The Making of an Investment Banker: Macroeconomic Shocks, Career Choice, and Lifetime Income
New graduates of elite MBA programs flock to Wall Street during bull markets and start their careers elsewhere when the stock market is weak. Given the transferability of MBA skills, it seems likely that any effect of stock returns on MBA placement would be short-lived. In this paper, I use a survey of Stanford MBAs from the classes of 1960 through 1997 to analyze the relationship between the state of the stock market at graduation, initial job placement, and long-term labor market outcomes. Using stock market conditions at graduation as an instrument for first job, I show that there is a strong causal effect of initial placement in investment banking on the likelihood of working on Wall Street anywhere from three to twenty years later. I then measure the investment banking compensation premium relative to other jobs and estimate the additional income generated by an MBA cohort where a higher fraction starts in higher-paid jobs relative to a cohort that starts in lower-paid areas. The results lead to several conclusions. First, random factors play a large role in determining the industries and incomes of members of this high-skill group. Second, there is a deep pool of potential investment bankers in any given Stanford MBA class. During the time these people are in school, factors beyond their control sort them into or out of banking upon graduation. Finally, industry-specific or task-specific human capital appears to be important for young investment bankers.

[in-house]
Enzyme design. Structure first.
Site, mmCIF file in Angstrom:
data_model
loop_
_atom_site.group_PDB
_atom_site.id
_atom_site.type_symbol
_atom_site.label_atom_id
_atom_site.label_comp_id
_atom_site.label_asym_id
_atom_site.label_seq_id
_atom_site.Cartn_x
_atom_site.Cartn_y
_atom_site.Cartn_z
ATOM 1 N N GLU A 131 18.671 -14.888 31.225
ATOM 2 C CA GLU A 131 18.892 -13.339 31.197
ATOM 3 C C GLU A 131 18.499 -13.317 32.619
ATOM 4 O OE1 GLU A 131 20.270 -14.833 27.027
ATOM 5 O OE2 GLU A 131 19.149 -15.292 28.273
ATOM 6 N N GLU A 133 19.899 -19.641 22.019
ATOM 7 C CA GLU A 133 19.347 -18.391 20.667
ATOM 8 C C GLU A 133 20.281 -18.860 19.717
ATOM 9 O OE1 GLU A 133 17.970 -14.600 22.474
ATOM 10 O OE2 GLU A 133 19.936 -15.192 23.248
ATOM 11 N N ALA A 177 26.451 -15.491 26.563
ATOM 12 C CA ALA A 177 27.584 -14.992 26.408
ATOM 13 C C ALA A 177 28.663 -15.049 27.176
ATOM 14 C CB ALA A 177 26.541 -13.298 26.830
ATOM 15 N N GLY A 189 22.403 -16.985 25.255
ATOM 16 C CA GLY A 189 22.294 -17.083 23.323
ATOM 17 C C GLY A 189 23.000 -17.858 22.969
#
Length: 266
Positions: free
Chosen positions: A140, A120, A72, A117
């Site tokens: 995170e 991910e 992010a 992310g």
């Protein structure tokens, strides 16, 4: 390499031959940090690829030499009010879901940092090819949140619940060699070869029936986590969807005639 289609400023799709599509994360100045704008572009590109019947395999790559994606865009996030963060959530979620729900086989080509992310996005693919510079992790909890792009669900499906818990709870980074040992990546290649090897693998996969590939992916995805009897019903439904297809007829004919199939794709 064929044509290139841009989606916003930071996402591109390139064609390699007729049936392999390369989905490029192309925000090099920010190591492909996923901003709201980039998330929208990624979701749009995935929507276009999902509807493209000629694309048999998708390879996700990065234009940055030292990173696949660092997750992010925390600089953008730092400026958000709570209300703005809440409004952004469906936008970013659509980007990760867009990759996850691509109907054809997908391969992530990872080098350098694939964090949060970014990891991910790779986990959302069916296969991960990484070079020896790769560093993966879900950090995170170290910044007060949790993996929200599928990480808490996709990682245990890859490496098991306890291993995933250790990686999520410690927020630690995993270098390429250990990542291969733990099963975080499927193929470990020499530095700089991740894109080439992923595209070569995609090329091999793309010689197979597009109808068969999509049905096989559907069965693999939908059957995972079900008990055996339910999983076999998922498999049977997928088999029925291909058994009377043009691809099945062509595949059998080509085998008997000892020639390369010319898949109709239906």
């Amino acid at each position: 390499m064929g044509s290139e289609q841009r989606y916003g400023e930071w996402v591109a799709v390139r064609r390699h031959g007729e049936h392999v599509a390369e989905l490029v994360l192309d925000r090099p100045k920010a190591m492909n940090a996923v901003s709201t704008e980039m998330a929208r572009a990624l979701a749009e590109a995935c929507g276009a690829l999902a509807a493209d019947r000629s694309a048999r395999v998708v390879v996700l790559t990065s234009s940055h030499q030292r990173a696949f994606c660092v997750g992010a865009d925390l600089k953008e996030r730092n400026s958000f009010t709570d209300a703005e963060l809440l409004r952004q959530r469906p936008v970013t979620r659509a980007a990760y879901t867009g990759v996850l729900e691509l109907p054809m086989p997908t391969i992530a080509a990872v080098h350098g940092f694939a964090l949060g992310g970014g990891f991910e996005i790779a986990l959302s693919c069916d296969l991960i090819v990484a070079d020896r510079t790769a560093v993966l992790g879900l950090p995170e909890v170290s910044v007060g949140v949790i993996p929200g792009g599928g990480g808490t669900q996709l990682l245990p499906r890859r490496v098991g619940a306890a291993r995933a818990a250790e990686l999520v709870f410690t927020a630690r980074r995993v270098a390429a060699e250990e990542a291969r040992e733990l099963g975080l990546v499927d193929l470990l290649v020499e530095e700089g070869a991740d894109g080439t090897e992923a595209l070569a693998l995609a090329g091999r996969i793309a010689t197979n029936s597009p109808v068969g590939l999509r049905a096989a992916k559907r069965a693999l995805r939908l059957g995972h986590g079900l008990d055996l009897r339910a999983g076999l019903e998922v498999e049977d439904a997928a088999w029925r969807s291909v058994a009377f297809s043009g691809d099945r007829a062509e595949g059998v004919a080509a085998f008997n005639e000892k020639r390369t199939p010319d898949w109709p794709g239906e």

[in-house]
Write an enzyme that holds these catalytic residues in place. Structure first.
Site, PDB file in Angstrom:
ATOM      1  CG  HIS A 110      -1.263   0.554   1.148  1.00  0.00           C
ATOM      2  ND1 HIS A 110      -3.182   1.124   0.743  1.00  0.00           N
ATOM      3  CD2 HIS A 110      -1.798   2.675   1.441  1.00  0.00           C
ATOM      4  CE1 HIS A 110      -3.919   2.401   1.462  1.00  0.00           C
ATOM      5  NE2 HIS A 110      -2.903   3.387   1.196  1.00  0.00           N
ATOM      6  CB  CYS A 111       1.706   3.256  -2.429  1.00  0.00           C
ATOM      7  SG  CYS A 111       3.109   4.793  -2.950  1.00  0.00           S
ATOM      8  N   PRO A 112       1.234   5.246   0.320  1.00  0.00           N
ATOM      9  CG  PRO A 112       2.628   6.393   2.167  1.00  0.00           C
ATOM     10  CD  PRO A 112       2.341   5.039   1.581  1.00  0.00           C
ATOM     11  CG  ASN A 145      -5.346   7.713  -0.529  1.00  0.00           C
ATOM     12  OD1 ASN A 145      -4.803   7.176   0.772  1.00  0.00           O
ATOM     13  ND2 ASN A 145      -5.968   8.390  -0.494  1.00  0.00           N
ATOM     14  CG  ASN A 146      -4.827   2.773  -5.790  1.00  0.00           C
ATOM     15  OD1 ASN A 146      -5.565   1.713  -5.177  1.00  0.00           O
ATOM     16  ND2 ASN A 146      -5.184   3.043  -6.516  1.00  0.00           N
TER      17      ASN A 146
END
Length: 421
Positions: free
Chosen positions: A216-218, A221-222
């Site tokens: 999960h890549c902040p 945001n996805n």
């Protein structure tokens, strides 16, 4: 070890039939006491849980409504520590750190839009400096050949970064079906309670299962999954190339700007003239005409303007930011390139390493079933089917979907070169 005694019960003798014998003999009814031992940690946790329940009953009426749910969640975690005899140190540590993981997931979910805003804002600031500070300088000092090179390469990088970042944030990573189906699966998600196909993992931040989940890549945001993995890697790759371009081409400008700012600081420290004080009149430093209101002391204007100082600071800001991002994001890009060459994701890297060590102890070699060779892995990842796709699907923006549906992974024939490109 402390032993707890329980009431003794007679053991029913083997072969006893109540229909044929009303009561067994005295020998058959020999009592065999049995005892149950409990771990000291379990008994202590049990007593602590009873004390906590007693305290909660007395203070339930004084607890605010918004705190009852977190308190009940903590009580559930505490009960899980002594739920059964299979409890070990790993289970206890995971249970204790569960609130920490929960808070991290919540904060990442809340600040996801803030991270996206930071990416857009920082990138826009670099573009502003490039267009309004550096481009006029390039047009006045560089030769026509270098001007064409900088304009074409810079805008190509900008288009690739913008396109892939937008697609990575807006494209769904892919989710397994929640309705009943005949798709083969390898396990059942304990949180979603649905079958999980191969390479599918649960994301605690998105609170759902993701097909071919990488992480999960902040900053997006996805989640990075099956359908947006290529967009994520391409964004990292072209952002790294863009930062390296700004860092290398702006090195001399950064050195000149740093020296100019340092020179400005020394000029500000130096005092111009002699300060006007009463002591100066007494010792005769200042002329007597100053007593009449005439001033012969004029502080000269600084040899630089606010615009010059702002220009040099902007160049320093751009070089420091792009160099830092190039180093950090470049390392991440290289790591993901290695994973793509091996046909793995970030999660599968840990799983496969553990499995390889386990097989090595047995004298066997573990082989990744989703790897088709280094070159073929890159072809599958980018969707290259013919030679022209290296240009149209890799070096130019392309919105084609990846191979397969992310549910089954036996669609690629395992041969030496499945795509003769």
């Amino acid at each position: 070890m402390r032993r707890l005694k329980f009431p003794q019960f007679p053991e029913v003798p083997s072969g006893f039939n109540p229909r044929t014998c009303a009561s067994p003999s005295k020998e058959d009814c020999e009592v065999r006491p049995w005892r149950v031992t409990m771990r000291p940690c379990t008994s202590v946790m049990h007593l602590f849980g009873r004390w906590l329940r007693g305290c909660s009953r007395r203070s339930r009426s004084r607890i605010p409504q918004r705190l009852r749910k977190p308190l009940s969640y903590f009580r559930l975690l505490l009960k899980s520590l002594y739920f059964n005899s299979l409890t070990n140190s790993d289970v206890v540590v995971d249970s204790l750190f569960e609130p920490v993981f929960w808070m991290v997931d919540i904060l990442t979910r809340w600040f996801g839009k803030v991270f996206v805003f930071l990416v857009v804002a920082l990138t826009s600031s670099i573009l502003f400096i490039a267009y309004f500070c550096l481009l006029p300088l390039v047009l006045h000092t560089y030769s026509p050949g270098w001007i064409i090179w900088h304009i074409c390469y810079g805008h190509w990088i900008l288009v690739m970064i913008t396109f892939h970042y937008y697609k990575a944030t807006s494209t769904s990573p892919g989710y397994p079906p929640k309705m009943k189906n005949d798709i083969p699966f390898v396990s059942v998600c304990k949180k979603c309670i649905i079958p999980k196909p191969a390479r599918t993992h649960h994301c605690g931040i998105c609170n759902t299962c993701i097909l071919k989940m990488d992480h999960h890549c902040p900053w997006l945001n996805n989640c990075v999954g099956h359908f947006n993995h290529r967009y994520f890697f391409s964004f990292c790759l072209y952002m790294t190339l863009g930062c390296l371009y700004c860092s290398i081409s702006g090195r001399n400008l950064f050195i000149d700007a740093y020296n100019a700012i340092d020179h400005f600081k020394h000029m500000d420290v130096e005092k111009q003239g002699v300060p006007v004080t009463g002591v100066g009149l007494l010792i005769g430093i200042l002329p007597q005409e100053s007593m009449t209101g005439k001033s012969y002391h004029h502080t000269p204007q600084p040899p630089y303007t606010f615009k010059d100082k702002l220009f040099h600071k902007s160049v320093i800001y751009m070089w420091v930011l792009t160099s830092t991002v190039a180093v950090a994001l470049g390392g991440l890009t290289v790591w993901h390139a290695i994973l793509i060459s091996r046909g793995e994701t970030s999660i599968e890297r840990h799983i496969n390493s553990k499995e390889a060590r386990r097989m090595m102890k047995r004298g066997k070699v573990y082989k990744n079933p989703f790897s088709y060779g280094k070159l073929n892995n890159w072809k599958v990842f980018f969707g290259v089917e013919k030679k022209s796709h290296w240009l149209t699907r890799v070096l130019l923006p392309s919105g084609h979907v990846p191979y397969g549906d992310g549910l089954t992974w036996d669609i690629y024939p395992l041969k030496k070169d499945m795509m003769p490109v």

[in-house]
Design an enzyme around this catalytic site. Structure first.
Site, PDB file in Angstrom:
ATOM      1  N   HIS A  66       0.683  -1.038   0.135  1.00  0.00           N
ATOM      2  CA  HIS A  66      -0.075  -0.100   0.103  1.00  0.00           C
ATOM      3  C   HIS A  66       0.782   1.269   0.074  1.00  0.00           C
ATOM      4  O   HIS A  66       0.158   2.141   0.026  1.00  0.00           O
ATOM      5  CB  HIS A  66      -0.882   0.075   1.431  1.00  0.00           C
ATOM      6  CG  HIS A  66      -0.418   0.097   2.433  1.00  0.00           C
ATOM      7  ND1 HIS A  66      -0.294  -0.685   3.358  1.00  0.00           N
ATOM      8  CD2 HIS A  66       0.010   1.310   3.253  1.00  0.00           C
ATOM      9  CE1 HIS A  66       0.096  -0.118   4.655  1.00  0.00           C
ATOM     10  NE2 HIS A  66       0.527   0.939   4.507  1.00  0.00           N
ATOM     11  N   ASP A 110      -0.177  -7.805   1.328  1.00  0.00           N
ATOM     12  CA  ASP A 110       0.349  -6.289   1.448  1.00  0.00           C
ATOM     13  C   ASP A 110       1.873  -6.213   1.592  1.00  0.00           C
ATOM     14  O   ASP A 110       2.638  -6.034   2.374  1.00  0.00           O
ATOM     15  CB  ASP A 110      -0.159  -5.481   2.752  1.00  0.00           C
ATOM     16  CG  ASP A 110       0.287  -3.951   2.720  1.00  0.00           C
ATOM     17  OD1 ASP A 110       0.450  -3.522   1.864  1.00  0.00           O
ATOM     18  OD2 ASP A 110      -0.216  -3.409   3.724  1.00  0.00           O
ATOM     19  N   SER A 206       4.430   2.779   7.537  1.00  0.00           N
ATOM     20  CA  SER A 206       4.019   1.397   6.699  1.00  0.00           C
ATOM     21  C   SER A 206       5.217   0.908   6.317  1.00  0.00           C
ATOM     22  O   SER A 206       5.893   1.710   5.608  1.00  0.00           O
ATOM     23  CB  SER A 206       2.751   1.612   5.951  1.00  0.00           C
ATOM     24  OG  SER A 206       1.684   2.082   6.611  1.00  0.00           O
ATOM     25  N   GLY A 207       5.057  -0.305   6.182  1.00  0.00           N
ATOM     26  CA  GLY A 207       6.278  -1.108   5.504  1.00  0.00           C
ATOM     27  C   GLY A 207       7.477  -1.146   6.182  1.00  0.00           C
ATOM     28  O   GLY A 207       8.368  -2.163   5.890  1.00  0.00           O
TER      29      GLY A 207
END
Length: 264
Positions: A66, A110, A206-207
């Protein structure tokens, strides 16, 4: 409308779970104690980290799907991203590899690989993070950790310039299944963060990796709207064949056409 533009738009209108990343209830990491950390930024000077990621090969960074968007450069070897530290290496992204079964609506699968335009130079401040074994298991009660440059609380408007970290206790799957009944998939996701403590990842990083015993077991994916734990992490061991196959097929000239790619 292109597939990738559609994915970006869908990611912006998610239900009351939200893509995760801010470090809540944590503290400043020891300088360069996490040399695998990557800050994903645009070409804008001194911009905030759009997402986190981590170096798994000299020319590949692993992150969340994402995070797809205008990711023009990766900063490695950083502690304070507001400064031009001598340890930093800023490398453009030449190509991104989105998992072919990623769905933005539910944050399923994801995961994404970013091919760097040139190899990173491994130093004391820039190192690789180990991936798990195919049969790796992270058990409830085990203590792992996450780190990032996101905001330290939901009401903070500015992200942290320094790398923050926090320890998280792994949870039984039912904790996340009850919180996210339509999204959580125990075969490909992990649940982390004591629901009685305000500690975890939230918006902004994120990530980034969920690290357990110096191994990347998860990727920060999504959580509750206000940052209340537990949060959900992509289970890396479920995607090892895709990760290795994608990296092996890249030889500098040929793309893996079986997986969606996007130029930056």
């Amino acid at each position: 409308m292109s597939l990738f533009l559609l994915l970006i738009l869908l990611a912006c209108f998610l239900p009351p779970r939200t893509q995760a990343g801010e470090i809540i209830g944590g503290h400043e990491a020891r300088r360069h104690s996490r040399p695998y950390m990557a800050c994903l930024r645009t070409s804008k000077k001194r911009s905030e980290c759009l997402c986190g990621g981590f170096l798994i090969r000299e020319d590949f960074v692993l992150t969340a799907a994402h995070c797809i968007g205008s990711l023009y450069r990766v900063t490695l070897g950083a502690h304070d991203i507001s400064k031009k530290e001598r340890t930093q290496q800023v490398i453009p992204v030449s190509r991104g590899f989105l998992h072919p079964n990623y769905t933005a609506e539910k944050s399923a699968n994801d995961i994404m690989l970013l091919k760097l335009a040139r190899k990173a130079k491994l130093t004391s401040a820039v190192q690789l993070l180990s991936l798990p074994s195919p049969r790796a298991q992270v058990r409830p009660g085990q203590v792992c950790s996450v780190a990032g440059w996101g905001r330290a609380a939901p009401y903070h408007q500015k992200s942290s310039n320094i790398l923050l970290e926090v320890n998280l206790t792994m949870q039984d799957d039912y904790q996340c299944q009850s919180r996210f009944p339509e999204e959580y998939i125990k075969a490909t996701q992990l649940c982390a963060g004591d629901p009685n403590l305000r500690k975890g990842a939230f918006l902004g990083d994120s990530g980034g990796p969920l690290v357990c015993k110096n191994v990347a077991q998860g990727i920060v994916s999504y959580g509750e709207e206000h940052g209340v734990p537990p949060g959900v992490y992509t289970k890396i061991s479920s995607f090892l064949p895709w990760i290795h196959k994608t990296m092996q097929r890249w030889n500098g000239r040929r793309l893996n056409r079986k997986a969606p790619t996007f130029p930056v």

Published: Oyer, Paul. "The Making of an Investment Banker: Macroeconomic Shocks, Career Choice, and Lifetime Income." The Journal of Finance 63 (December 2008): 2601-2628.